Growing Up in Christ
The heir of God is an heir in the process of salvation (Rom 8:17). God has written His one and only will and testament, and the Testator, Jesus Christ, has died (Heb 9:15–16). The will is being read to every generation (Bible), so that the heirs may be made known. The inheritance awaits them, while their adoption as sons is finalized (Rom 8:30; Eph 1:5).
The sons of God have left the orphanage of slavery (Old Testament Law), and by grace have been transferred to a new home in the Spirit-filled church (1 Cor 12:13; Col 1:13). They receive the nurture of the Spirit, while eating their daily bread, the Word of God.
The Word of Christ is the agent of Christian growth in the Spirit. It feeds. It disciplines. It crafts each believer into conformity to the image of Christ (Rom 8:29), who is the icon of God (Col 1:15). Spiritual maturity is the goal for the children of God. Preparations must be made before sons are brought into the holy and majestic precincts of the glorious royal palace, mansions of glory.
Grace is the work of God in the preparatory season, a vapor in light of eternity, but a seemingly long and winding road to weary pilgrims. Their present suffering, a chastening from a loving Father, is not to be compared to the glorious home of their inheritance.
The wedding feast must be readied and the bride must painstakingly be adorned with the beautiful jewels bought by her husband to be. His provisions are great, but grace takes its time to ensure her entrance will be grand and glorious.
Grace has chosen each heir. Grace has made each son, just as it was grace that delivered each slave. Grace is the powerhouse of faith, for they made their request, “Increase our faith.” Faith needs grace like a baby needs her mother’s breast. Faith thrives on the providence of grace’s allocation.
The faith of the heir is fueled by the promises, for he must wait upon grace for his final deliverance. It is darkest before the dawn, and each son descends into the valley of death before the glorious resurrection. His declension, in life unto death, is tragic. The once vivacious body has wearied, often becoming immobilized, and finally worn out.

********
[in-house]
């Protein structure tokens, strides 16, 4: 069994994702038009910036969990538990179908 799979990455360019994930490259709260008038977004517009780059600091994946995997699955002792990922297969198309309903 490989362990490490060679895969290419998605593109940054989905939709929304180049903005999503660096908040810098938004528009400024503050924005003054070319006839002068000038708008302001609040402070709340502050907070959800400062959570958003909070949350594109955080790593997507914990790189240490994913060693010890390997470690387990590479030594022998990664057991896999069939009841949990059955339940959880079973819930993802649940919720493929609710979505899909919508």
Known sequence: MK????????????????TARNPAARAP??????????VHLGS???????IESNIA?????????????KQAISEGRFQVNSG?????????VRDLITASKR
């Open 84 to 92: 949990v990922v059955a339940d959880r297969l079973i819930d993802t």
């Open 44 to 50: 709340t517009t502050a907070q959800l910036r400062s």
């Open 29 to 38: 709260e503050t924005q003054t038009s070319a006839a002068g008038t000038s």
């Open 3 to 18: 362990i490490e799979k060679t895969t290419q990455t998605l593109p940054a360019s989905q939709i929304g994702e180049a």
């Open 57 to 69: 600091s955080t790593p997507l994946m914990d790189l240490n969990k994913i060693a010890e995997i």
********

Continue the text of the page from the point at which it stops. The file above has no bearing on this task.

The paradox of the body and soul is the trajectory of each saint in this life. The regenerated soul is growing ever lighter, ever higher. It is taking heaven, as if by violence. The body, in stark contrast, is breaking down. Its course is ever darker, ever weaker (2 Cor 4:16–17).
Our glorious hope is the reunion of body and soul in the resurrection to life (Jn 5:28–29; 1 Cor 15; Titus 2:13). We shall see Christ on that day, and we shall be like Him (1 Jn 3:2). His indestructible life, physical and eternal, will be the inheritance of the sons of God. Just as the soul was transformed (Rom 12:2), so shall the body.
Growth in Christ is the work of our infallible, unfailing God (1 Thess 5:23; 2 Thess 2:13; 1 Pet 1:2). He will do all His holy will (Eph 1:11). He is even now giving His life, as He imputes life to elect unbelievers. He is giving life to regenerated sons, as the Word continues to take hold of the saint’s mind and affections (1 Cor 2:16).
Christian, watch for this life of growth. It is slow but sure. It is recognized by others, who can see the growth of Christ in you (Gal 5:22–23). You must boast in the Lord, as you bear witness to His glorious grace at work in you (Acts 1:8; Gal 6:14).
There is no growth apart from Christ (Jn 15:5). His agency alone dictates the pace and the depth of transformation. He alone receives the glory, for He alone has done the work (Is 26:12; Phil 2:13). As the Author and Perfecter of your faith (Heb 12:2), He has begun a good work in you (Phil 1:6), and His sure promise is that He alone will bring your life to His intended end…the beginning of glory!
Spokane Valley, Washington
October 6, 2021